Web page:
I don’t want to say Tanya was the first smart kid I met. I knew plenty of smart kids back at my city school. Kids who aced physics tests and math exams, who’d go onto be lawyers, valedictorians and engineers. But Tanya was the first friend I had who was really onto stuff , who saw “oppression” and “exploitation” and wasn’t afraid to call them out.
I soon realized Tanya had a secret pipeline to the real deal, and I imagined that it came from her city dad, the Indian doctor no one ever saw. If Shirley wasn’t invited to a party, she would probably have just silently endured it before Tanya came along, feeling bad no doubt but not really knowing why. But not Tanya. “No Invite for colored girls like me,” she’d say loudly, striding through the school parking lot, taking a drag off her cigarette, blowing it right at me, daring me join the conversation, the lone “white girl” in the group.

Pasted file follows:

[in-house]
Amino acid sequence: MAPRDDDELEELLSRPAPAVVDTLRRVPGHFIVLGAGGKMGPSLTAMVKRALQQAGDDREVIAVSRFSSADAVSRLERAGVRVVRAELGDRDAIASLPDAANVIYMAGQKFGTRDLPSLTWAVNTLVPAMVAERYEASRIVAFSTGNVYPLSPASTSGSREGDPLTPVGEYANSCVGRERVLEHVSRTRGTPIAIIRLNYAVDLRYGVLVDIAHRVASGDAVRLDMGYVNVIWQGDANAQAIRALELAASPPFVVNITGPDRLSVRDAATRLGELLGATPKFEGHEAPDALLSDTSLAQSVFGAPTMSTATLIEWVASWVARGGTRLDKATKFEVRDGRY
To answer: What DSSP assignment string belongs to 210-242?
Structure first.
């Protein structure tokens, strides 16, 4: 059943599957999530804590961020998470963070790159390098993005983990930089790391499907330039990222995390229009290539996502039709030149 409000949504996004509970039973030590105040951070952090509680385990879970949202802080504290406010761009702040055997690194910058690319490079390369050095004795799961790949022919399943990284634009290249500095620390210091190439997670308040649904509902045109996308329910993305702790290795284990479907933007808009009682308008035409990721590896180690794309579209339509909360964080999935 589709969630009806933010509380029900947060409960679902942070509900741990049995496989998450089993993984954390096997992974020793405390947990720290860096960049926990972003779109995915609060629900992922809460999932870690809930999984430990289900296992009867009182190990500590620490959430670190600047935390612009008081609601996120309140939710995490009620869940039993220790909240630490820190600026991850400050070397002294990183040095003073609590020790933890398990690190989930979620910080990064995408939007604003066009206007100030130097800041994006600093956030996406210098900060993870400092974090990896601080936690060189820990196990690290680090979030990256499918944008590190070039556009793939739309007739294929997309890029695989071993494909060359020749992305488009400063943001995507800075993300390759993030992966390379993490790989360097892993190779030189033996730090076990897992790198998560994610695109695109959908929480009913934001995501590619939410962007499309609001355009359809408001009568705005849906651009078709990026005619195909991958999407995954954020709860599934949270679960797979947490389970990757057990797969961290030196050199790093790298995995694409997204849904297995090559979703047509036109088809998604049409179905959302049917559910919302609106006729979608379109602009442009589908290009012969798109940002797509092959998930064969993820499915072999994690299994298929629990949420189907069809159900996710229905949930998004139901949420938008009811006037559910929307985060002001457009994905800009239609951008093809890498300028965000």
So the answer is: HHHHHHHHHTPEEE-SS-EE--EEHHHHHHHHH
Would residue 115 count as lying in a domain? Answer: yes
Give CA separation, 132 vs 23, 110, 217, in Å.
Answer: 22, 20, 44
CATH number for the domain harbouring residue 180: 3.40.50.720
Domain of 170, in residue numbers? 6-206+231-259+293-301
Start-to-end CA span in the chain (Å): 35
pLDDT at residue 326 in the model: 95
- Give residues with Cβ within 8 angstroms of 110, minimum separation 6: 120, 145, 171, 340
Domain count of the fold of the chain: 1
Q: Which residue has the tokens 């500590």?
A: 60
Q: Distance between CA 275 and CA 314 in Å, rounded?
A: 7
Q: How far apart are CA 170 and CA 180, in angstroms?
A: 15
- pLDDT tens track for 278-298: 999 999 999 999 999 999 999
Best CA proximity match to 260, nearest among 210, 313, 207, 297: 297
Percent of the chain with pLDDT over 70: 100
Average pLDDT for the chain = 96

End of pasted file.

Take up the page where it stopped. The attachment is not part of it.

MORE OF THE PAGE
That’s the thing: When I was with Tanya, I was “White” (which I’d never been before because I was part of the invisible, privileged class, “the dominant culture,” Tanya reminded me) and I was “rich,” which was even harder to accept because British Protestant children of the Depression that my parents were, they didn’t really shoot a quarter my way that I wasn’t going to have to account for later. Whereas Tanya who was “poor” and lived with her single mom drove a very black, very brand new car her dad had bought her.
But I wanted the role of the lone white girl, the Peggy Lipton–and, in fact, had to wrest the role from another white girl Tanya had adopted the year before. It was worth it.
Within a month of my new alliance, a creamy envelope arrived in the mail. It was from my city life: an invitation to the Debutante Ball. Oh God, what would Tanya have to say about this?